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Yesterday, our provincial government enacted strict new measures to slow down the spread of COVID-19. They included no social gatherings in homes for the next 4 weeks. That means we are not allowed to gather with family and friends over the Christmas season. Our government has backed up this restriction with the threat of a $1000 fine for any violators. Christmas gatherings are one of the most cherished traditions and moments for families each year. Many looked forward to them as a beacon of hope after a tough year.

This is a difficult time. Yet as I reflected on it this morning, I though about Joseph and Mary’s first “Christmas.” They were completely alone and isolated from their families. Mary’s time to give birth approached. Normally, she would expect the support of her mother and other women in the community to help her through the birth. Joseph would have the support of friends who would encourage him while waiting.

Yet they traveled to a strange town and found no room for lodging. When Mary gave birth, it was just her and Joseph. They were completely isolated from family. They had no help in case of complications. When they child was born, they could not even call with the news or send a picture. The only initial witnesses were the barn animals.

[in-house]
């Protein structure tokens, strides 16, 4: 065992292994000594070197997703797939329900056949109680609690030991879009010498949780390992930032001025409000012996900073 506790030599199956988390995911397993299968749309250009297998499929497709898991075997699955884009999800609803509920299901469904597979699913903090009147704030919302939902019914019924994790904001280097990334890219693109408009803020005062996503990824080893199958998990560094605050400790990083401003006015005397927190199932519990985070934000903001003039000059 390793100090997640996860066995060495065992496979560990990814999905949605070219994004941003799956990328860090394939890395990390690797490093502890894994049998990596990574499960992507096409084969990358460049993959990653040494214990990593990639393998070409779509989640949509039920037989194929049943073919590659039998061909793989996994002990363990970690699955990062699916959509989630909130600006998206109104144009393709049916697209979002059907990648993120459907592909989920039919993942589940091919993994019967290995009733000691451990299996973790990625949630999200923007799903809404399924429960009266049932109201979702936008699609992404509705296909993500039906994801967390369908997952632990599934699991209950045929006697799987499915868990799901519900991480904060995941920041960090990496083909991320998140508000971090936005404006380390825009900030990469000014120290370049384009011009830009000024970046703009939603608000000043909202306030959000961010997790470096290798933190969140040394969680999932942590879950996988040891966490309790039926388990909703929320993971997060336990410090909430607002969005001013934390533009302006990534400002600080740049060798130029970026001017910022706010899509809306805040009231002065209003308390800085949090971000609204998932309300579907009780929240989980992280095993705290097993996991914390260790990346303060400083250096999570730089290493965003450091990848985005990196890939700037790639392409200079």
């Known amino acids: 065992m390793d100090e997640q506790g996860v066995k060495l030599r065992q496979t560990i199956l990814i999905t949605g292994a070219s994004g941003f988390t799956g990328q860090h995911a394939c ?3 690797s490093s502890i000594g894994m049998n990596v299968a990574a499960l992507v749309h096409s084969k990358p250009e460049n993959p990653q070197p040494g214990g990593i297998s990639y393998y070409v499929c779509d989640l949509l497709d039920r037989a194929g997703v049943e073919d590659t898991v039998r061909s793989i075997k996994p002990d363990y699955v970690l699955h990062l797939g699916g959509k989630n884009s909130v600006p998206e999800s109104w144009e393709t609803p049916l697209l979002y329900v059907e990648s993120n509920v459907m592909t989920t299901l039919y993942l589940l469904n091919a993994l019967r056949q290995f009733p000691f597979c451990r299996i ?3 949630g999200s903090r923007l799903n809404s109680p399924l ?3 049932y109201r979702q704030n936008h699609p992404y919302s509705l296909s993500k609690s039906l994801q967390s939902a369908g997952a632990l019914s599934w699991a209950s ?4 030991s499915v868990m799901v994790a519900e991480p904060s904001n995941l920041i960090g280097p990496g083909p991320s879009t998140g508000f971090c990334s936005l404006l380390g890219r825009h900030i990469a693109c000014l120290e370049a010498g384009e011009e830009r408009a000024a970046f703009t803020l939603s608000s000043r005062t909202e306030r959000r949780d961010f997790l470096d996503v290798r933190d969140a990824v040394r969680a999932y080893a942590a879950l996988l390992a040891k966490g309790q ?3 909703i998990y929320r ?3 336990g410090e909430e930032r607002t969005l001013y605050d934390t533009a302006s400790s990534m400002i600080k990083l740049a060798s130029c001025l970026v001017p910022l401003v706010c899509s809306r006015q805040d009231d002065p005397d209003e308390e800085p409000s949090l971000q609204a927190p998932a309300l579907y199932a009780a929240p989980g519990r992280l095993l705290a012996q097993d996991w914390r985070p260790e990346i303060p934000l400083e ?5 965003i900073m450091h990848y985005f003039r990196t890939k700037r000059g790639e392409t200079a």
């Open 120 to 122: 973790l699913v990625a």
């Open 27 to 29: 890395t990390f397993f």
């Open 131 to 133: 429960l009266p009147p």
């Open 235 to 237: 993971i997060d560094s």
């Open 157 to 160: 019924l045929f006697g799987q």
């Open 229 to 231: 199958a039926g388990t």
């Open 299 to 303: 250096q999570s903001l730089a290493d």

Yet the Lord God was with them. He protected them and ensured the safe delivery of baby Jesus. Then he brought others to them like the shepherds. Their family likely prayed for them. Yet even after the safe delivery of Jesus, they were further isolated because of the threat from Herod and the journey to Egypt. Eventually, the threat passed and they were able to return home.

God faithfully brought them through. God will faithfully bring us through this time. Yes, there will be difficulty, longing and some sorrow over this separation. Yet we can choose to still hope in this experience. We can first be intentional about finding different ways to connect with our loved ones. Second, we can taste the bitterness of this reality and then especially cherish the sweetness of whenever we can be together again. Third, we can ask for the Lord’s sustaining grace for one another and ourselves until we can meet again.

“O Lord, this news is tough. We know you created us for community and family. We miss gathering. Yet you sustained Joseph and Mary in their isolation. Please sustain us. We look forward to how you will transform the bitterness of today into sweetness tomorrow. Until then, please encourage us so we can encourage each other.”